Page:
I’ve also seen the new trend toward “gravel” or “adventure” bikes.  They look like a lot of fun. I think that if you want to ride off road and go anywhere, you should probably have a mountain bike.  I wish I had a mountain bike sometimes, just as a change of pace. If you ride on the roads like I do, you should own a road bike.  They’re a lot of fun, and they’re efficient, and if you have the funds available, you can buy a technical marvel of a road bike (probably a very aerodynamic machine) that will cost you more than an inexpensive new car.

Now, if you want to ride on unpaved roads into the back country, you can get a gravel bike.

It’s hard to find any agreement on what a “gravel” bike really is. Some are more like mountain bikes, others are more like road bikes. Some people might confuse the gravel concept with a cyclocross bike. One thing that isn’t in dispute is that they aren’t as good on the road as a road bike, and they’re not as good off-road as a mountain bike. Another thing that you can’t dispute is that they’re cool.  If you have a lot of gravel roads nearby, and you ride on them enough to justify spending the money, a gravel bike could be perfect.  I probably won’t buy one though.  If I spend too much time riding one on the road, I’m the kind of guy who will wonder why I’m not riding a road bike.  If I spend too much time riding one off road, I’m the kind of guy who will wonder why I’m not riding a mountain bike.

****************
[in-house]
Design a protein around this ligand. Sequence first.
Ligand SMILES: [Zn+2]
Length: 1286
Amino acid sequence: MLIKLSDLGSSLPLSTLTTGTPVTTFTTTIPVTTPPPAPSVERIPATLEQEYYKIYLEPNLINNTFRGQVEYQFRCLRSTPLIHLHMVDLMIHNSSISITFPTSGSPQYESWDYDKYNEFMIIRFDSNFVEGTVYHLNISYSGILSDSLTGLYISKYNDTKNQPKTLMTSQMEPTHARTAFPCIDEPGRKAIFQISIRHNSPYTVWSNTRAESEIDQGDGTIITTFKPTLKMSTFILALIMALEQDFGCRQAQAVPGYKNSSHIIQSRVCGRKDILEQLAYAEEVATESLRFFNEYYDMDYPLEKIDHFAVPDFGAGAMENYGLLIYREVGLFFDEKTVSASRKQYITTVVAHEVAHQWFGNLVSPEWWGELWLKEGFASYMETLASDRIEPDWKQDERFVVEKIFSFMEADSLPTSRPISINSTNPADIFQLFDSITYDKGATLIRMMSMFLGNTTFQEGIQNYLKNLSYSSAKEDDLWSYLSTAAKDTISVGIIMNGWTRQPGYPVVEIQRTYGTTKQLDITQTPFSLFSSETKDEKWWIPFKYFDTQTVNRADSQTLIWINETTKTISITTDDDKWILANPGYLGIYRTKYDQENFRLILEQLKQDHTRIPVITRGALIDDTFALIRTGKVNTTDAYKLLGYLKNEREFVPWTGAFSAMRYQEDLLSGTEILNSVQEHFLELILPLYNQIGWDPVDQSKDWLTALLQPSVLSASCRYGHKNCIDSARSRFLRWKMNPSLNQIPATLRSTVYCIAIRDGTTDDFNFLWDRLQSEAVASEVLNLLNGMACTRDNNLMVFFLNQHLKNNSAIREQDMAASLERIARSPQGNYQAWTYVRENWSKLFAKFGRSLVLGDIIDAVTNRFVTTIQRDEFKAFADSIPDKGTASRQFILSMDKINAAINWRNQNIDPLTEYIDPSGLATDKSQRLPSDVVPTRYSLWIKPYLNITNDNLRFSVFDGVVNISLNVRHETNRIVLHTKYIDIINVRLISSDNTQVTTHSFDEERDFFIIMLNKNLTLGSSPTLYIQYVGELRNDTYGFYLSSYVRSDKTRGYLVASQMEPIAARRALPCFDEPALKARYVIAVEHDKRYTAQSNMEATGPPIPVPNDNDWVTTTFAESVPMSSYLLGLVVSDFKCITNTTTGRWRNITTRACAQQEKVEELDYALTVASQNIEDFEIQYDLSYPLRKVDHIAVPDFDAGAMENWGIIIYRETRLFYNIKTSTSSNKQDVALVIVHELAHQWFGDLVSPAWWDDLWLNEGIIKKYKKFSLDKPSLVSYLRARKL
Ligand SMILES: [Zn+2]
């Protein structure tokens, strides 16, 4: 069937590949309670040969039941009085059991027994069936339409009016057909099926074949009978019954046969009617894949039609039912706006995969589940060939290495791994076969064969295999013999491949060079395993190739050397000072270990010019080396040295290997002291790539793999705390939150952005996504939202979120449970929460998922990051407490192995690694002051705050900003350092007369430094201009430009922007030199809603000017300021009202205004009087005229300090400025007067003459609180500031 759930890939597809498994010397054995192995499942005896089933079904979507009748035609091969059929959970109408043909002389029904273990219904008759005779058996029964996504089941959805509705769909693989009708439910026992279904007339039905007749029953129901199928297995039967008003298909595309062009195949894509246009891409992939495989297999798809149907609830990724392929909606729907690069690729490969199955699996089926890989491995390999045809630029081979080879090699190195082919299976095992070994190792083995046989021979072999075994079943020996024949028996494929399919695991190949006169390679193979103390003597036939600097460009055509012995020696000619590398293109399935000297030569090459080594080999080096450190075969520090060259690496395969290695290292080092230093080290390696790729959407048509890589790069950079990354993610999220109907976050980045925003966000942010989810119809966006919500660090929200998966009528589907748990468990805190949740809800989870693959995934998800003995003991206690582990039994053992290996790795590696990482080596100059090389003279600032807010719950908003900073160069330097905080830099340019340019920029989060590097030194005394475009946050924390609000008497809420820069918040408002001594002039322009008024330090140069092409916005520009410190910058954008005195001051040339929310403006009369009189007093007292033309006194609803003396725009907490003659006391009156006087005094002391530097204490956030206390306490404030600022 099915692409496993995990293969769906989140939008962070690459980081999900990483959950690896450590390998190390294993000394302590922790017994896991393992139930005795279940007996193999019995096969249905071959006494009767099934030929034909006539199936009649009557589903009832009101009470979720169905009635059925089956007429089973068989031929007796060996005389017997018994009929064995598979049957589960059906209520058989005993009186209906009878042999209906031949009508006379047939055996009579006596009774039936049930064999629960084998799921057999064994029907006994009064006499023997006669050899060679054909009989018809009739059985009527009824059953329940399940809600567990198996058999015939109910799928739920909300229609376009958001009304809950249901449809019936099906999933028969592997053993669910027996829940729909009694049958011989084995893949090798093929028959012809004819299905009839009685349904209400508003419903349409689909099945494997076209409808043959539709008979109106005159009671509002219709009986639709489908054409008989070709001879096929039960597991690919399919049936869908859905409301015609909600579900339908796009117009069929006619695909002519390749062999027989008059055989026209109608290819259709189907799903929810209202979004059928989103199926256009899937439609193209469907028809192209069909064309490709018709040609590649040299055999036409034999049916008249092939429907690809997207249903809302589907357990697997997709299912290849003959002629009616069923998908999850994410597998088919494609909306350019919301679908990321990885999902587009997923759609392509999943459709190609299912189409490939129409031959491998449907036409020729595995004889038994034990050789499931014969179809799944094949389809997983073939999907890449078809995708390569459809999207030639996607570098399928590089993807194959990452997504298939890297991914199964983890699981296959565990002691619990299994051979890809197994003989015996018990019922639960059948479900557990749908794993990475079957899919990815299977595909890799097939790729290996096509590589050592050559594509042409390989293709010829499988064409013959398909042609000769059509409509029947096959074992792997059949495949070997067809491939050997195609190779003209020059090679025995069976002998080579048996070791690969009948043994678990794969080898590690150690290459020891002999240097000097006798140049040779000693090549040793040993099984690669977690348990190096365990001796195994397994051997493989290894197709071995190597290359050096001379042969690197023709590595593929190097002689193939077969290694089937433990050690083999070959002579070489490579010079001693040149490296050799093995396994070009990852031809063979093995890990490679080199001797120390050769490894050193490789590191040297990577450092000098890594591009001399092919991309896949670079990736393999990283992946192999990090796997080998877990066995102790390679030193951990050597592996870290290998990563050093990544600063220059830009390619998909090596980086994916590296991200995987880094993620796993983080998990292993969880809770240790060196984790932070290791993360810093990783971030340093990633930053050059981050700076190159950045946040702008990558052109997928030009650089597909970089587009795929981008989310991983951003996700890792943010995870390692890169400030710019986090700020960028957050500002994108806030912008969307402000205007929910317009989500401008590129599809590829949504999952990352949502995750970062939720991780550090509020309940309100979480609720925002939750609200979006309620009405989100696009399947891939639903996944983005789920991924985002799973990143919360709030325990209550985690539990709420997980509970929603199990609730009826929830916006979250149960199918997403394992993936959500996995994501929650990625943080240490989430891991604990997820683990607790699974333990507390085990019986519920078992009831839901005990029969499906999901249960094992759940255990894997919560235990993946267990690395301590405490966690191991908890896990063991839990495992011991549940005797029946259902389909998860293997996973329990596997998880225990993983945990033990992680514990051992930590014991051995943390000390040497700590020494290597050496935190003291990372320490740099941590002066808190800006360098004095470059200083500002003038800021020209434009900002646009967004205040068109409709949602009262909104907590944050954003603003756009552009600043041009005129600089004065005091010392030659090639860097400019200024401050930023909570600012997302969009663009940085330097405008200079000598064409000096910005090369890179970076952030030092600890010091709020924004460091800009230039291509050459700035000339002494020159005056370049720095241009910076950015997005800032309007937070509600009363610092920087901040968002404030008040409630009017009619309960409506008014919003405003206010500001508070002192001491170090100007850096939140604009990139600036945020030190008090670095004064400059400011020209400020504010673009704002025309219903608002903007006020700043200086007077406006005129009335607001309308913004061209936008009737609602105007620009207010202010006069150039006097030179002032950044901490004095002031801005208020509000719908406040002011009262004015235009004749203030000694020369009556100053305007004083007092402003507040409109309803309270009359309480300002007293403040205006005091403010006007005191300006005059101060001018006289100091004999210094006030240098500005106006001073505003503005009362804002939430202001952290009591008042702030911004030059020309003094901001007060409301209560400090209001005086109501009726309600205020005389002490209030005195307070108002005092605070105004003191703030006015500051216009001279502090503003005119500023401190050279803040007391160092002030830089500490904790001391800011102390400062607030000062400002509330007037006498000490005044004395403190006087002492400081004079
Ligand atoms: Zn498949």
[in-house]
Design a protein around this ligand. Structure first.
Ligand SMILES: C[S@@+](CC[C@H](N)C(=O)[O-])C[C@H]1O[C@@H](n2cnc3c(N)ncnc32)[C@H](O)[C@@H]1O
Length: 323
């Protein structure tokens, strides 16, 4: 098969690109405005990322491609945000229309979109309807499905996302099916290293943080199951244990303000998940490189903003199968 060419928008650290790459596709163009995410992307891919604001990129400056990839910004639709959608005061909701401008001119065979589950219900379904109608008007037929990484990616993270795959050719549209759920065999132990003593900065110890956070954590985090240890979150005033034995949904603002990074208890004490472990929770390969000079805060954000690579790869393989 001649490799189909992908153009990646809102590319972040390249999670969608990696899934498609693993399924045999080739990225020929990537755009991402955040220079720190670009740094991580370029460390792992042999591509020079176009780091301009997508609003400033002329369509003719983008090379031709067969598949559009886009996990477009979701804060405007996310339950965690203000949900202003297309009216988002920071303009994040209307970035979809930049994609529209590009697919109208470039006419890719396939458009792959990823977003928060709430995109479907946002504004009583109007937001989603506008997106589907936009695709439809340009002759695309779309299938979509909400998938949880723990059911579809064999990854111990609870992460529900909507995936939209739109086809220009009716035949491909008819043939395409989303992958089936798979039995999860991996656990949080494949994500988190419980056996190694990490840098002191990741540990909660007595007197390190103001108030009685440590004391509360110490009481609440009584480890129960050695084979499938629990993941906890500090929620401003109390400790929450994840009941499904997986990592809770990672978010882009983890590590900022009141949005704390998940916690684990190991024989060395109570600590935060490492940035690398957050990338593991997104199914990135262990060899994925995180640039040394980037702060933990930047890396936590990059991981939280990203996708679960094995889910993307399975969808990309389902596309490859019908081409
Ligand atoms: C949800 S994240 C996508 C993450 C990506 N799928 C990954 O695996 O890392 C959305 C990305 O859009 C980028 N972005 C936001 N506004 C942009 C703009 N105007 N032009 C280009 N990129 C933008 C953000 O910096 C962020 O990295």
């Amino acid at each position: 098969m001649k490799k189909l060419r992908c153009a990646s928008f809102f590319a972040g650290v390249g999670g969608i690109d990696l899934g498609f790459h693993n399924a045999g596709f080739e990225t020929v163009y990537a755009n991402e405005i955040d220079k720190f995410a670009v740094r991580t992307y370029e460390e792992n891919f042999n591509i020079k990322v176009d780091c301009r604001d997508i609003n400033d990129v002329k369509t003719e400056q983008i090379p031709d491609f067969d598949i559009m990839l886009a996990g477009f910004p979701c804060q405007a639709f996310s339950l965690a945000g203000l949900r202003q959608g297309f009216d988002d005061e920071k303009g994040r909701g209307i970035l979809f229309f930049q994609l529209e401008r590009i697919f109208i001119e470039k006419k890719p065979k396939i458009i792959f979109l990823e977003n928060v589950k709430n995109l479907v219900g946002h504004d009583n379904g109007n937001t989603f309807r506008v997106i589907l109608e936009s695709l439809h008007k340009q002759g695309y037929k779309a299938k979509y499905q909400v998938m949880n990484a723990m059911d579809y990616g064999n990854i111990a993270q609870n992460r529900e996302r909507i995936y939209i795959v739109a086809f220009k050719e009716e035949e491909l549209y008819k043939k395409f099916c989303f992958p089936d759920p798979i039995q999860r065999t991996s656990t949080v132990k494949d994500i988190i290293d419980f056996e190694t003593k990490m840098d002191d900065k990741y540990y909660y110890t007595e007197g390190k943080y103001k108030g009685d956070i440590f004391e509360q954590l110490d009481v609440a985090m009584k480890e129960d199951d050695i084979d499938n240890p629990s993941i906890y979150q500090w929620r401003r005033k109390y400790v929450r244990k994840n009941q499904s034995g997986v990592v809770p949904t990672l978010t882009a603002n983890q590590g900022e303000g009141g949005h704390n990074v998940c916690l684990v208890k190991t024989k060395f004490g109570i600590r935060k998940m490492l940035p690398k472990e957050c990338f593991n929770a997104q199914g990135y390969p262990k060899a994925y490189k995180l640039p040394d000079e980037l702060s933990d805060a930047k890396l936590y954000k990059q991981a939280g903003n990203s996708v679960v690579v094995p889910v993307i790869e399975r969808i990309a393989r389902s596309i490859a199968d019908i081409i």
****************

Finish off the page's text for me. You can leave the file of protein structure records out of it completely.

There is no such thing as a bike that does everything well. On the other hand, there is no such thing as owning “too many bikes”.  So I’m torn on the gravel bike concept.  I’d own one if I had the money and I didn’t mind it sitting around unused most of the time.
Because: bike!

I think of a gravel bike as the cycling equivalent of night vision goggles.  Sure, you probably have no reason whatever to own expensive night vision tech that you likely won’t use very much. Most people would just buy a flashlight instead. You want night vision goggles for the “cool” factor!

A gravel bike might get you to go out and look for “gravel” rides and off road adventures that don’t demand a mountain bike. It’s a solution in search of a problem, though.  At least where I live that’s true.  If I find myself in a place where riding a gravel bike makes more sense, I’d probably rent one for a day just for the experience. If I ever move to a place that could be described as a gravel bike nirvana, I’d probably buy one within a week.

After having said all this, what I need to do is shut down the laptop and find something else to do.  I’m getting far too serious about all this. Spring can’t come fast enough.  When spring comes, I’ll be outside on a bike rather than inside on the computer.